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Rising Temperatures And Drought Conditions Intensify Water Shortage For Navajo Nation

THOREAU, NEW MEXICO - JUNE 06: An elderly member of the Navajo Nation receives her monthly water delivery on June 06, 2019 in Thoreau, New Mexico. Due to disputed water rights and other factors, up to 40 percent of Navajo Nation households don’t have clean running water and are forced to rely on weekly and daily visits to water pumps. The problem for the Navajo Nation, a population of over 200,000 and the largest federally-recognized sovereign tribe in the U.S., is so significant that generations of families have never experienced indoor plumbing. Rising temperatures associated with global warming have worsened drought conditions on their lands over recent decades. The reservation consists of a 27,000-square-mile area of desert and high plains in New Mexico, southern Utah and Arizona. The Navajo Water Project, a nonprofit from the water advocacy group Dig Deep, has been working on Navajo lands in New Mexico since 2013 funding a mobile water delivery truck and digging and installing water tanks to individual homes. (Photo by Spencer Platt/Getty Images)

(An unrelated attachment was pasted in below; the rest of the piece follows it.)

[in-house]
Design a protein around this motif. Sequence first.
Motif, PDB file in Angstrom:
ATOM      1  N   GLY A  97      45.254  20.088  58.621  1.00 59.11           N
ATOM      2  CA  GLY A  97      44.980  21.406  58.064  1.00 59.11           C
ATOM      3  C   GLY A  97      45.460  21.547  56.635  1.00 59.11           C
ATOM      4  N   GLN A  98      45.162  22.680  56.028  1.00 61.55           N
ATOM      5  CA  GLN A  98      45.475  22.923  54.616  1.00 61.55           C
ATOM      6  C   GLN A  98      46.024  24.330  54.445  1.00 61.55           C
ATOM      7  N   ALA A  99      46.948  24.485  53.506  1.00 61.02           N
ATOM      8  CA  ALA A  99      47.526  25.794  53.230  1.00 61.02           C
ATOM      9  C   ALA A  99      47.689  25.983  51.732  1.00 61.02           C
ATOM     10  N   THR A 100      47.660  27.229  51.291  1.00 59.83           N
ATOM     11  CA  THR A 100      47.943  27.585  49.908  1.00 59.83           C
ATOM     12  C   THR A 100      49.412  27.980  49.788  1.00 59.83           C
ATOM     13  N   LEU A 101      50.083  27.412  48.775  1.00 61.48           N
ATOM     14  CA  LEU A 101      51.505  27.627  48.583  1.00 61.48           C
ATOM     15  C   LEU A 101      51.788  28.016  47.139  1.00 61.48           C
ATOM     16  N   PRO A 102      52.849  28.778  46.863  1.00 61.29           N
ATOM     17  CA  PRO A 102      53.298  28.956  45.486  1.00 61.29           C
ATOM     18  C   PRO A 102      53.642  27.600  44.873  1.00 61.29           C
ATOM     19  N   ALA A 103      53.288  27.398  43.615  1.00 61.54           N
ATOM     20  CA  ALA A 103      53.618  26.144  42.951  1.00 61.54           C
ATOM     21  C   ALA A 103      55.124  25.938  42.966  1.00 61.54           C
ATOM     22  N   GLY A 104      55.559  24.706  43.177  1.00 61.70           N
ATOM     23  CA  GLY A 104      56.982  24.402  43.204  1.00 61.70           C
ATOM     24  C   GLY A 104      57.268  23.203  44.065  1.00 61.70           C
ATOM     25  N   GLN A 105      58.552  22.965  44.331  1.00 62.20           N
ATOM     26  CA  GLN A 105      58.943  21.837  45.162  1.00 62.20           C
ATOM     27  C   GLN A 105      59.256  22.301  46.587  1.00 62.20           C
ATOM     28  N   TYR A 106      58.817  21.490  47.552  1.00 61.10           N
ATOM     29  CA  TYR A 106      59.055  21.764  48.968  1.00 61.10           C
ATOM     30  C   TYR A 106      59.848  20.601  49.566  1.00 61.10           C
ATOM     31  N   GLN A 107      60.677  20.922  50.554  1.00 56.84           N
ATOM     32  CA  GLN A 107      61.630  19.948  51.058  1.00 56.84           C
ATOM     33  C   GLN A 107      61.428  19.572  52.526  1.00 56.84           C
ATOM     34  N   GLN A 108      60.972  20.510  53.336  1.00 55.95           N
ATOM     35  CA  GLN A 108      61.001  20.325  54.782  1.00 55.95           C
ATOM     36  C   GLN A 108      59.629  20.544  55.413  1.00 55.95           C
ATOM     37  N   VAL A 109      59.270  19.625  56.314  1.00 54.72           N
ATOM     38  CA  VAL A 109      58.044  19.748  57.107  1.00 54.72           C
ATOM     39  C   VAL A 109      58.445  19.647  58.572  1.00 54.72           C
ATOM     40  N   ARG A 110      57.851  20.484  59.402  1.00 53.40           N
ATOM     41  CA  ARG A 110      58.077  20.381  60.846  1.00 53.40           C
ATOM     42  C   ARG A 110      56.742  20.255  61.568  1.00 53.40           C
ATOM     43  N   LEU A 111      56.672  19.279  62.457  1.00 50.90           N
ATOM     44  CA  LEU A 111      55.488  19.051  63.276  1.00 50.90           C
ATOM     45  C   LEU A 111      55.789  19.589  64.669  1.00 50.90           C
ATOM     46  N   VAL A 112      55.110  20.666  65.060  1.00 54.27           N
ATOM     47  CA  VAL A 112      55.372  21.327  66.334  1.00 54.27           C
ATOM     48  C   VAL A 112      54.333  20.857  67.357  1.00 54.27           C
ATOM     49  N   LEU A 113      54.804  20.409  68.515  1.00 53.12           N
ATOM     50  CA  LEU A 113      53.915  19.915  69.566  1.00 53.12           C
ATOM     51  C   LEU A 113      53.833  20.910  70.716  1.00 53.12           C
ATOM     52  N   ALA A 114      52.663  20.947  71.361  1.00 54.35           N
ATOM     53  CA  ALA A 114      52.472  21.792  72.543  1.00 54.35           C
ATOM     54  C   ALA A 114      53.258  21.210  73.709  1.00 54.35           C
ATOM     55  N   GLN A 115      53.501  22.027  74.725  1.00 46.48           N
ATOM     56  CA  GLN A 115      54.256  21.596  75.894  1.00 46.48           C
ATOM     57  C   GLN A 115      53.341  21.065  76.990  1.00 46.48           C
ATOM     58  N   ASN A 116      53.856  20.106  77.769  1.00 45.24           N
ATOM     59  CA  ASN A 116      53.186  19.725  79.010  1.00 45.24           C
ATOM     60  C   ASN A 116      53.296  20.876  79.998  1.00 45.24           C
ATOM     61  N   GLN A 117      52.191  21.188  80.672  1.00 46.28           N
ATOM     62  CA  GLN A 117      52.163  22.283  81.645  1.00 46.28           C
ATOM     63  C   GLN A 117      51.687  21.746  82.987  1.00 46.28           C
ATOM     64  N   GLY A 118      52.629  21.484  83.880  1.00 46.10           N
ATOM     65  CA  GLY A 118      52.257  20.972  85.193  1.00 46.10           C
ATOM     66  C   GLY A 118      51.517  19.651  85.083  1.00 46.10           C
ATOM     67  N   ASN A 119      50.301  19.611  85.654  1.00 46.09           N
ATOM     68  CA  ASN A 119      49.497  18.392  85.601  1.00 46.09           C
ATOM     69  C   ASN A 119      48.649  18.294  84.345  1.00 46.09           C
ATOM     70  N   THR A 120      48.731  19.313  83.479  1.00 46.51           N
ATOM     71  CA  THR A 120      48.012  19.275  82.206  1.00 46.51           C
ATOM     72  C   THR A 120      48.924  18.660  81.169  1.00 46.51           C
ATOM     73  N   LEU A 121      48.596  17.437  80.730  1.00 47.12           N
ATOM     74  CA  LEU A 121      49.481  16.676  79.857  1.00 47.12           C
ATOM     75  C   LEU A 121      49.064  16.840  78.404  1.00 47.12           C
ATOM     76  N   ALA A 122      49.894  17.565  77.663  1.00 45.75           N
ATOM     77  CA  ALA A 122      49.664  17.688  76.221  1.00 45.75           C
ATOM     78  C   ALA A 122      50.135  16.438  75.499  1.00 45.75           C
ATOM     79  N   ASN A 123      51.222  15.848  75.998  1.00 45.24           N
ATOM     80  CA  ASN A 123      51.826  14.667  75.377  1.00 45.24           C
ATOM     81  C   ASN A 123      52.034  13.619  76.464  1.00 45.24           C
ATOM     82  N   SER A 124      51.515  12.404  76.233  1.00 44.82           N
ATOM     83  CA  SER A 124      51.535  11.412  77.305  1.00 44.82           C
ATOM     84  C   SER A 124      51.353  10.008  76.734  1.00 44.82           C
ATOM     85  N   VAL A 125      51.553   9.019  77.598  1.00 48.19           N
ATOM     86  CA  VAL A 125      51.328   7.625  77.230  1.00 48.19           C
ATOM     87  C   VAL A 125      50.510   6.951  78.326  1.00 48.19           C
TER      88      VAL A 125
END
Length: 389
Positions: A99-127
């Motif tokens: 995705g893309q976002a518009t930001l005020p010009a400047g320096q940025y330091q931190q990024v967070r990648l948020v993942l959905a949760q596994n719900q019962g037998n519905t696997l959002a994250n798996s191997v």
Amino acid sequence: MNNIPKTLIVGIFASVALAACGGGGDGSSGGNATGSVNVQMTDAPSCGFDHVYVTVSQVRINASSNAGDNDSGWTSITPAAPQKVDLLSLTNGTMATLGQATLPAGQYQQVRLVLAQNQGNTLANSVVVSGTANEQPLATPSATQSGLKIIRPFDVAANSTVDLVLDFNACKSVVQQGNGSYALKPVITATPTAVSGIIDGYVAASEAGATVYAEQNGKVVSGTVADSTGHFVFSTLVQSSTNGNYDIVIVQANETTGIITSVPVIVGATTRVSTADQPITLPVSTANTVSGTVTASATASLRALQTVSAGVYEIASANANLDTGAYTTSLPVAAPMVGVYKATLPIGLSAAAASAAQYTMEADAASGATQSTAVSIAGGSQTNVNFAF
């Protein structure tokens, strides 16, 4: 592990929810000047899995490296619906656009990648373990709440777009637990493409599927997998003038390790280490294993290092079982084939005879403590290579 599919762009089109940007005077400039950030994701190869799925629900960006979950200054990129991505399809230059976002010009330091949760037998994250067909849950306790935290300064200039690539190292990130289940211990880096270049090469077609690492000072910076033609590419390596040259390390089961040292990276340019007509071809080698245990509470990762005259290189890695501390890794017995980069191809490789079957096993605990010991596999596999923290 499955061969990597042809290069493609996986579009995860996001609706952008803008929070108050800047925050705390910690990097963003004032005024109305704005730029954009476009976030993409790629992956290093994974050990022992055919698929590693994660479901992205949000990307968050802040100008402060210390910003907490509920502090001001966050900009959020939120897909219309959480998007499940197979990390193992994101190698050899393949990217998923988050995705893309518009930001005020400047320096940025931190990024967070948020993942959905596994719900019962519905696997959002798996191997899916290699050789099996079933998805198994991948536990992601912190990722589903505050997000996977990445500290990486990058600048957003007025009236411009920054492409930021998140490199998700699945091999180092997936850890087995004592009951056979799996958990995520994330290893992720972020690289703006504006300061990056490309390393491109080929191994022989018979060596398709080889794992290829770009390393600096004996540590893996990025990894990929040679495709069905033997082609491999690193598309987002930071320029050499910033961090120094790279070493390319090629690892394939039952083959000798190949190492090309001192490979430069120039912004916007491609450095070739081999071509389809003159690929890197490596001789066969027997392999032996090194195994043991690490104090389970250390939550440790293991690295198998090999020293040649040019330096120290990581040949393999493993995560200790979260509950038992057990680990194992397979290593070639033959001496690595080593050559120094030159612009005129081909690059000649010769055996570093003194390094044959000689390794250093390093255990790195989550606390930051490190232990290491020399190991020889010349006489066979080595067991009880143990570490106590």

Rising Temperatures And Drought Conditions Intensify Water Shortage For Navajo Nation
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Credit:
Editorial #:
1154270592
Collection:
Getty Images News
Date created:
June 04, 2019
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Release info:
Not released. More information
Source:
Getty Images North America
Object name:
dscf5745_2019060673600608.jpg
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6240 x 4160 px (20.80 x 13.87 in) - 300 dpi - 5 MB